Simon, do you know if Harper, as an MP, can use parliamentary privilege to weasel out of testifying? If so, he will cling to that seat as long as possible and if not, I expect he'll flee the country.
    His legacy sealed and a cowardly end befitting an ousted Tin Pot Dictator.

    1. hi JD...I believe it is possible to claim parliamentary immunity, under certain conditions, and for a certain period of time. But it will probably never be tested because according to his lawyer Duffy is a very sick man, is lucky to be still alive, and most probably will not have the strength to sue the Harper gang....

  2. We had a zen Mounty who thought not buying a dog was buying a dog. Way to investigate there Dudley. But our sterling accounting industry were also lost up their own ass. A top notch, top price forensic accountant couldn't find $3or400 grand, because he didn't ask about it. The fix was in.

    I always thought that Muldoon meant Bryce when he sais there was no whore like an old whore but Margie's little sit and spin last night made me see the error of my ways.

    1. hi rumleyfips...there was something terribly wrong with the whole police investigation. The crown was amateurish beyond belief, and the RCMP commissioner has yet to explain why they didn't charge Nigel wright, even though he promised to do that many many months ago...

  3. Anonymous2:41 PM

    Bribery seems like the kind of crime where it takes two to tango.
    If one person is charged with accepting a bribe, isn't it logical someone else should be charged with offering the bribe?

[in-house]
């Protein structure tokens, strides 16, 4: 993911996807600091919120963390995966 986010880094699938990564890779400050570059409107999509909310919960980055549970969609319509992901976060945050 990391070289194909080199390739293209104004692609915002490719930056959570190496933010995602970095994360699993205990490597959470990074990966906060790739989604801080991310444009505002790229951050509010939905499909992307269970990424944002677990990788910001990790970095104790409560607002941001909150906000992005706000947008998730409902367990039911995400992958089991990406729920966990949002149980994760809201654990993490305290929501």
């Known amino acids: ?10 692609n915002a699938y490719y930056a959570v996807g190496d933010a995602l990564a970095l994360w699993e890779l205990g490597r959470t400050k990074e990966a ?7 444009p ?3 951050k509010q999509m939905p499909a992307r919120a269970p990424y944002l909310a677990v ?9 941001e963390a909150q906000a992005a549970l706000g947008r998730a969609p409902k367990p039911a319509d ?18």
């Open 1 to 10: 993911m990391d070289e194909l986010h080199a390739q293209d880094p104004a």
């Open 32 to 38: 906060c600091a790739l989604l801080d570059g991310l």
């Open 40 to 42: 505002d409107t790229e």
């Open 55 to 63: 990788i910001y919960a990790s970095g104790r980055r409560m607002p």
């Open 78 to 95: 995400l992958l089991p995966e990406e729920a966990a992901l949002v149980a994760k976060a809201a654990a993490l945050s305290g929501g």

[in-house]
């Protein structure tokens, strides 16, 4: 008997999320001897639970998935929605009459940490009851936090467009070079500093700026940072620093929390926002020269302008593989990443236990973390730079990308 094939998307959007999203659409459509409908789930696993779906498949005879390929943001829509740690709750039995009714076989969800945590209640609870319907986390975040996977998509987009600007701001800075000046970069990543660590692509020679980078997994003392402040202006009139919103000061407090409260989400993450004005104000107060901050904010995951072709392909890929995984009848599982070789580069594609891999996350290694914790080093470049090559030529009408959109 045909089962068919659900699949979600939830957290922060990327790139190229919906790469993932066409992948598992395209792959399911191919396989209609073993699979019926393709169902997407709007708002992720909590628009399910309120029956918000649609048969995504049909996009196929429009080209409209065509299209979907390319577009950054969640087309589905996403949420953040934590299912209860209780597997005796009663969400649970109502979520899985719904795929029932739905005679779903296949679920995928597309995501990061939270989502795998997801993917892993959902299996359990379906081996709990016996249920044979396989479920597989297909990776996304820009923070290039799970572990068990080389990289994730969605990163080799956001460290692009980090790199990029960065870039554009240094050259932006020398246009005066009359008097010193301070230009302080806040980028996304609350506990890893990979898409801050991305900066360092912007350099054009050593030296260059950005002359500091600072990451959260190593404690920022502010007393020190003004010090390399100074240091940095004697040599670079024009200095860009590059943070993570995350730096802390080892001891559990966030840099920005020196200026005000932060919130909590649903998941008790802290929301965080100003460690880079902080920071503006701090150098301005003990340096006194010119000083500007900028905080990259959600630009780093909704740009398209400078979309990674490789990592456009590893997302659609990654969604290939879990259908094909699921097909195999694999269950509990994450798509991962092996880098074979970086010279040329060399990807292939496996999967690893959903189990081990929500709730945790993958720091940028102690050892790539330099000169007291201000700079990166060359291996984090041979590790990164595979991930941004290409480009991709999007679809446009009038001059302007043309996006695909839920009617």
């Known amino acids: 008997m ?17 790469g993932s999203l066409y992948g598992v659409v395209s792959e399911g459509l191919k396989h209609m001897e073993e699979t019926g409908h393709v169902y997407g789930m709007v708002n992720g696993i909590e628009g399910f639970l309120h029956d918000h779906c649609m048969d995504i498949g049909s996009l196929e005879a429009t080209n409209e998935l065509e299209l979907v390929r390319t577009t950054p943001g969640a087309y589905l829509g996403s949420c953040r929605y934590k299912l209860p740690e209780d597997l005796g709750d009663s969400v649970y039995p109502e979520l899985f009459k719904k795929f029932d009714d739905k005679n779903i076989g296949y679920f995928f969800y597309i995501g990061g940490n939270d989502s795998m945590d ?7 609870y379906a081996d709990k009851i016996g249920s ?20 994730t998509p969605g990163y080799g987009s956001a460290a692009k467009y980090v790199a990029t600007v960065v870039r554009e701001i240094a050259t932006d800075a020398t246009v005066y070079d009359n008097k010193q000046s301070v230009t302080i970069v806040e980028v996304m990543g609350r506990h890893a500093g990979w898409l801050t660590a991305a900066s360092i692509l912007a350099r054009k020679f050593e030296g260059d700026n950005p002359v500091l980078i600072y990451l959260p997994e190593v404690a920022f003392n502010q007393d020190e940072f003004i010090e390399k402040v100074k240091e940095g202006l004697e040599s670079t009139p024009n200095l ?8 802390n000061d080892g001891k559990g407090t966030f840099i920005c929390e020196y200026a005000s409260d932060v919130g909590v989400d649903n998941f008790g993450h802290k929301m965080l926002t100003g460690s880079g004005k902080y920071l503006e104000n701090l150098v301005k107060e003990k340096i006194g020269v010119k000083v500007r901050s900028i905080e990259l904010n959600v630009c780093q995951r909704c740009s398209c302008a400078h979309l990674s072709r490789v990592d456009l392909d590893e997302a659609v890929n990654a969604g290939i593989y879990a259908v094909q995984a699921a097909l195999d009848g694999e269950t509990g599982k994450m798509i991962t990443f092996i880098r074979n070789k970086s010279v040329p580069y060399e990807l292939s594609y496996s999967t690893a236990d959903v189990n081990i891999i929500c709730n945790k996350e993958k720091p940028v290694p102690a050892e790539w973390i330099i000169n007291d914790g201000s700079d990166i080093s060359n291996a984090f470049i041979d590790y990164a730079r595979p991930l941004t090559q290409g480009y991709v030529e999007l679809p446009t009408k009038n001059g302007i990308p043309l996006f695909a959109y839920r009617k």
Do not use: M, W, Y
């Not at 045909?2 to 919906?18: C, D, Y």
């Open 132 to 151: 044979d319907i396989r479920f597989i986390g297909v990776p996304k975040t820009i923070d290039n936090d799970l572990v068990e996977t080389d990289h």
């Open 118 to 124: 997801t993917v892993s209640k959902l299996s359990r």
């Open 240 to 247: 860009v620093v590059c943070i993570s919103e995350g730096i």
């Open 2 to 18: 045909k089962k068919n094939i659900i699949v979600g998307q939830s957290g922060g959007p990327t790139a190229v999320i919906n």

That's why many Canadians are scratching their heads about why Sen. Mike Duffy has been left without a dance partner, facing the music all alone.
    Nigel Wright is a morally depleted useless piece of human flesh!!!!!! I guess thats what makes Nigel such a great "Christian"!!!!! LOL LOL LOL LOL LOL
    Now it makes sense when my father always told me "only bad people have to go to church"!!!! LOL LOL LOL Prime example of two faced, dishonest, dishourable scum that RCMP is!!!!!!

    1. hi anon...Wright was no doubt operating under the assumption he was doing the Lord's work, by helping to keep those theocons in power. The RCMP apparently claims that he wasn't charged because he had nothing to gain personally from the bribe to try to cover-up a scandal. When in fact he was protecting the Harper government and by so doing protecting his job. So it is a travesty of justice...

  4. I am not surprised about the verdict as the Canadian Justice System usually lets the elites off. For example: this is why only the US system could nail a piece of crap like former NHLPA head Alan Eagleson to the wall because it could never be done in Canada thanks to the Eagle's connections to the legal profession, Tories and Liberals.

    This is about as close as things will get for the Puffster who was publicly humiliated in the process which is good enough for me. He pretty much torched whatever status (money/power) he had (which if the satirical media is correct) because it was what he spent his life coveting.

    Much like Brian "Muldoon" Mulrooney who wasn't convicted in the courts, but the Schriber public hearings pretty much crushed any attempts by him (and his media bumboys) to clear his rep among Canadians (at least those who remember.)

    Same for Harper. Nothing he does now will rehabilitate his image. He'll come out for some public events, but knowing that people will point fingers or look disapprovingly in the passive aggressive way of Canadians.